Redwood Falls Gazette
  • TROY'S COLUMN — Making the most of Farmfest

  • I am not what you would call farmer material, but, like others who make their way to Farmfest year after year, I go for other reasons....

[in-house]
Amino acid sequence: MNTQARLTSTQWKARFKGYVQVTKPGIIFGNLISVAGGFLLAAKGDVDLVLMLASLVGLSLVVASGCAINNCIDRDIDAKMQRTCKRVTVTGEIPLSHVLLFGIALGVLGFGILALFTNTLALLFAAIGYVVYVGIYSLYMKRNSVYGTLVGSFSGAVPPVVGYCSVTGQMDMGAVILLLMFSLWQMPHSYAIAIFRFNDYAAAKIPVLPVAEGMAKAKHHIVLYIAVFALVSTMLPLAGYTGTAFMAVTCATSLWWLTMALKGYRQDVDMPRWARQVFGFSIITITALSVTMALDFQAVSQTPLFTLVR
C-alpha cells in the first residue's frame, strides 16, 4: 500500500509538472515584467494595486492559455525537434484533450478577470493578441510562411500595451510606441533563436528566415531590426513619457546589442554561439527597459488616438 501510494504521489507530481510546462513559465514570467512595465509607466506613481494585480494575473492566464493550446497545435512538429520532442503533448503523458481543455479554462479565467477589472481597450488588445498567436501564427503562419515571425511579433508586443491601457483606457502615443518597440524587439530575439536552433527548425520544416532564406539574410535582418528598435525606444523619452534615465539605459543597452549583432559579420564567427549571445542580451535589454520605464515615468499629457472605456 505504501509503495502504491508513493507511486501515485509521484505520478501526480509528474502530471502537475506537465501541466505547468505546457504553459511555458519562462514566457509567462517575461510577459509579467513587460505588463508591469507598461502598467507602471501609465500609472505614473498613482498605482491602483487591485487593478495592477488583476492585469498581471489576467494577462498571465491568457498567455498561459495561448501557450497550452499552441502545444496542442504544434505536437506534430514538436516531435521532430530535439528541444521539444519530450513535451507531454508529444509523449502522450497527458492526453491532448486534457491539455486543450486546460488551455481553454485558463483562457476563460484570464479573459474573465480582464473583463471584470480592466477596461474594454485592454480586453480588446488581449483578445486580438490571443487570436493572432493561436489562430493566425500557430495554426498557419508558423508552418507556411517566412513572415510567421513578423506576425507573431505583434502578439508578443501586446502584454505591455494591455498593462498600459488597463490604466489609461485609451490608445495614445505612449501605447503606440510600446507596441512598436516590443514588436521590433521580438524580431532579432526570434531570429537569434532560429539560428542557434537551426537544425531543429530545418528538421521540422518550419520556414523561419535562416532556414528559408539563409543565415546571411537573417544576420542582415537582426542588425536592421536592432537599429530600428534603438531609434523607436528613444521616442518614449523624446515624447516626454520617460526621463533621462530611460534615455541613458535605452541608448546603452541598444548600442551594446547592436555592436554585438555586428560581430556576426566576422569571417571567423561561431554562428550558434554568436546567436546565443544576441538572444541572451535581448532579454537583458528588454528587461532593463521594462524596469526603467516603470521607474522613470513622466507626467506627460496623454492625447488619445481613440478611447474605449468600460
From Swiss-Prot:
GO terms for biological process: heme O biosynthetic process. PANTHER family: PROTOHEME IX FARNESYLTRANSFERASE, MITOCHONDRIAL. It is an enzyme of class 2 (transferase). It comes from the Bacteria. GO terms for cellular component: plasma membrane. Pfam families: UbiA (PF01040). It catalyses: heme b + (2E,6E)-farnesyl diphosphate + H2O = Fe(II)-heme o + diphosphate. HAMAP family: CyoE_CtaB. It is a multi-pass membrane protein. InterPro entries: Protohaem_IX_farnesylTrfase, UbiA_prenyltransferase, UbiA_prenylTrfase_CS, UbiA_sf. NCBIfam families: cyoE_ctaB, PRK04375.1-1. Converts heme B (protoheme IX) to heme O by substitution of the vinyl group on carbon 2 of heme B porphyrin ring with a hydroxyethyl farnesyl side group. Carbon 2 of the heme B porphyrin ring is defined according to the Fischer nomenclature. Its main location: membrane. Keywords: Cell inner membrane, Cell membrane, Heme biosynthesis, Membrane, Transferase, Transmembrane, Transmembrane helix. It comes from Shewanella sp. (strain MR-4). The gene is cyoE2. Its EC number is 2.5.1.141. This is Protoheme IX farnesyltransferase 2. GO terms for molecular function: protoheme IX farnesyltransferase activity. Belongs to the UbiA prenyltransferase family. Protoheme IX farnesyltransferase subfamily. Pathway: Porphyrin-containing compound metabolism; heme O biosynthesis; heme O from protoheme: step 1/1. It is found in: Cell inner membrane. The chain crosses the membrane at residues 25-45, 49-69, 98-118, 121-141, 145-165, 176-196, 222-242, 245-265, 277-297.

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  • When it comes down to it, most people think there is no reason for them to attend Farmfest. After all, they are not a farmer, nor are they involved in the ag industry. The majority of people don’t really like politicians, and so seeing swarms of people flock to get a moment of face time with them is not their idea of a good time. I can, on the surface, see their point. After all, the word “farm” is right there in the name. Yet, as I walk the streets of the annual farm show I see many more folks from our area who pass by, and I am pretty sure they have never driven a combine in their life. OK, I guess I would fit into that category, too. While I have spent some hours in the cab of a combine as a kid, I never sat behind the wheel of our old John Deere 55. I never really wanted to. I am not what you would call farmer material, but, like others who make their way to Farmfest year after year, I go for other reasons. Honestly, I look forward to being there each August. While this job requires that someone be there to cover the major stories of the show, and being the one guy on the staff who actually has some “farming” background, I would be the logical one to report on all things related to the industry. Yet, there is another appeal I find as I walk past machinery that has bigger front tires than those on the back of the old D17 Allis Chalmers I was permitted to drive. Just walking along, seeing and listening to salesmen pitch the latest in precision agriculture is mind boggling. I find myself shaking my head a lot when I visit Farmfest each year. Then again, I know I never could afford any of those machines and have no need whatsoever for them. So, what is Farmfest all about for me? It’s about the smell of mini-donuts as I walk through the commercial exhibit tents thinking to myself I am glad I’m not the guy in the booth next to the people who are trying to sell some kind of food product. Farmfest for me is about food – the cattlemen’s association meal, hamburgers, hot dogs, pork chops, ice cream floats – it is all great. Yet, it’s not just the food I like. It’s seeing people like Mark Malecek and Grant Breitkreutz in the cattlemen’s tent and Bob Byrnes in the University of Minnesota booth – just saying “hi” to them and having that brief conversation with them. It’s about talking about my kids (and his) with Pete Smith over a bag of peanuts from the United FCS tent and seeing people I only see once a year at Gilfillan. Yes, readers, you are right when you mention the fact I have admitted how much I dislike being in big crowds, but for me Farmfest never seems that crowded. To me it’s like taking what’s good about the small-time atmosphere of a county fair and mixing it with all that is great about my memories of the state fair – especially Machinery Hill. (If only there were a few more things served on a stick.) I enjoy taking my sons out and letting them just run around knowing they have no interest in learning about the farm bill. They always seem to find the best yardsticks. I like being able to buy a bag of Kettle Korn and then to bring it home for my best half and getting a small toy for my boys that helps them stay connected to the farm in a very small way. I like watching them build birdhouses, and I love knowing there are other dads walking the grounds every year doing the same thing. Will I see you there?
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